Greece closing in on deal with European creditors
Greece moved closer on Sunday to a desperately needed deal with European creditors which would stave off immediate financial collapse and the...
Greece moved closer on Sunday to a desperately needed deal with European creditors which would stave off immediate financial collapse and the country’s potential exit from the euro but impose more hardship on its people.
Facing a self-imposed Sunday deadline, the eurozone’s top official, Jeroen Dijsselbloem, said the sides have “come a long way” after two days of talks among finance ministers, but that the final effort on “some big issues” would be handled by eurozone leaders in a summit which was expected to go into the night.
The broad outline of a deal appeared to consist of a long series commitments from Greek PM Alexis Tsipras to push through much of an austerity programme within days. In a four-page draft proposal put to eurozone leaders, language up for discussion spoke of a potential “time out from the euro area” for Greece if no agreement could be found.
It highlighted the increasing frustration with Greece during five months of fruitless talks. Today, doubts on the Greek government's commitment to implement tough measures continued.
“The most important currency has been lost: that is trust and reliability,” said German Chancellor Angela Merkel, reflecting on five months of tortuous negotiations with Athens. In the draft document, Greece committed itself to pushing a first set of measures through parliament by Wednesday. Despite the stinging conditions on pension, market and privatisation reforms, Tsipras insisted his government was ready to clinch a deal.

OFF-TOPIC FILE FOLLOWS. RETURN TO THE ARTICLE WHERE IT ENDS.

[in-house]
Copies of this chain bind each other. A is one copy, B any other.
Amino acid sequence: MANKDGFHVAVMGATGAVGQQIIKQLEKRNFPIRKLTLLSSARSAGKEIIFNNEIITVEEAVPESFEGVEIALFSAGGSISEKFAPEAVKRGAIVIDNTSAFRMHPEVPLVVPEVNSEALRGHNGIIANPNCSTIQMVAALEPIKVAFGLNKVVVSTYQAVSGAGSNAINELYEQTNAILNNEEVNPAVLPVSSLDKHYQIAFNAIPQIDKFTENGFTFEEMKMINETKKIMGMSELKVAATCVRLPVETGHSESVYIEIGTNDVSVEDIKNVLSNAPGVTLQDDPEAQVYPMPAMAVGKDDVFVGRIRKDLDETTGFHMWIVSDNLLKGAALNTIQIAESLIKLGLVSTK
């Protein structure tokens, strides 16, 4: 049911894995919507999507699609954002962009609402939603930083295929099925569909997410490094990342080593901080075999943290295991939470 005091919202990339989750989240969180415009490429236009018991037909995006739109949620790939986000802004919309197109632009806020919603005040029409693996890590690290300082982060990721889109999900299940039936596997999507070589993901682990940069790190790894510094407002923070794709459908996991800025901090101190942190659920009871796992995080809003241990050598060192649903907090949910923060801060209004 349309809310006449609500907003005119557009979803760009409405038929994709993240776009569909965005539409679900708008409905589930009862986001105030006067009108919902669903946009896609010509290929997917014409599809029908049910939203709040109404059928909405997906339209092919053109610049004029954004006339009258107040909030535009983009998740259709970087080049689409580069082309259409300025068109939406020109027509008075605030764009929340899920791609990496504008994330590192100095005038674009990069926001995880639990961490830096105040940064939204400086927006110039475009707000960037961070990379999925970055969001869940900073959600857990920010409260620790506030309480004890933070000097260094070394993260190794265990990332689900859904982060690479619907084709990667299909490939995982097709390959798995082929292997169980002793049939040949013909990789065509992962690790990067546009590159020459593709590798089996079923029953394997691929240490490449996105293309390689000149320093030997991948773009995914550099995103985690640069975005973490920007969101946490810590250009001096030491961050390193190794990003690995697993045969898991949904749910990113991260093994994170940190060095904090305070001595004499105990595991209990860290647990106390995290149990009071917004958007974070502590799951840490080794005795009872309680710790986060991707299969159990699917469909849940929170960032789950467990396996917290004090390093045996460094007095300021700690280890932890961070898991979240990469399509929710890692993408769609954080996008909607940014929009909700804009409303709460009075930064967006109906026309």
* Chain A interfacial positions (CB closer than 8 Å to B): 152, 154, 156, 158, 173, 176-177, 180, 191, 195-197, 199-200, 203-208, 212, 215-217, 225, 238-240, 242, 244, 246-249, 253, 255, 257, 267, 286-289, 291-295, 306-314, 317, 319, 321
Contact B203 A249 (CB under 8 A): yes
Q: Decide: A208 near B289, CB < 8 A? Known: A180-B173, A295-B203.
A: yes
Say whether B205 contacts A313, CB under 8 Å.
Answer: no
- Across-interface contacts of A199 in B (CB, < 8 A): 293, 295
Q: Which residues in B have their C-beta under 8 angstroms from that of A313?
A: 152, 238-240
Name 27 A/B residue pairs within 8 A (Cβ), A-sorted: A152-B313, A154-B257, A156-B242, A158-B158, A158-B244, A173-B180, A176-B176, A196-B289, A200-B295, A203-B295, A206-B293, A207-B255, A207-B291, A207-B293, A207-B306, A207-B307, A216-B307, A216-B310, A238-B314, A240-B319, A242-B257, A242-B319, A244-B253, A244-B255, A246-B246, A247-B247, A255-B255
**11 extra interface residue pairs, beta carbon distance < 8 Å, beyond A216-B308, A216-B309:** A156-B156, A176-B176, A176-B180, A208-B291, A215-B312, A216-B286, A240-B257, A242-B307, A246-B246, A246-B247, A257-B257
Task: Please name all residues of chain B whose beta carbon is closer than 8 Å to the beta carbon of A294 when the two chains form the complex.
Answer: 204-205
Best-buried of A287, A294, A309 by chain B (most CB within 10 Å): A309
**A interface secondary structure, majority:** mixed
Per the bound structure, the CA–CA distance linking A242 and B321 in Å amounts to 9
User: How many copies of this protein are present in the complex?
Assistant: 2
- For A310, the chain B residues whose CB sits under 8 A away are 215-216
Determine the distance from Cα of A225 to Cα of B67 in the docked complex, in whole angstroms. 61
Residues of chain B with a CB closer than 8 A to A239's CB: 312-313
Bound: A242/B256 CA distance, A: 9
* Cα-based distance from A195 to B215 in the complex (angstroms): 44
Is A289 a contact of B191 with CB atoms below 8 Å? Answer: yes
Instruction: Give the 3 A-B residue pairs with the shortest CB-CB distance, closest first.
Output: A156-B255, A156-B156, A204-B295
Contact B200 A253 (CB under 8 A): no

“We owe that to the peoples of Europe who want Europe united and not divided,” he said. “We can reach an agreement tonight if all parties want it.” Greece has asked Europe's bailout fund for a 53.5 billion-euro (USD 59.5 billion) 3-year financial package but many officials in Brussels say the figure will have to be much higher and insist on tough Greek austerity measures. This would be Greece's third bailout in five years.
Greece desperately needs help to avoid a financial collapse. The economy is in freefall and the country faces big debt repayments in the coming weeks. Greek banks have been shuttered for the best part of two weeks and daily withdrawals from ATMs have been limited to a paltry 60 euros (USD 67). The banks, according to some accounts, have barely enough cash to last through the week.
11 Dec 2019 12:54 PM GMT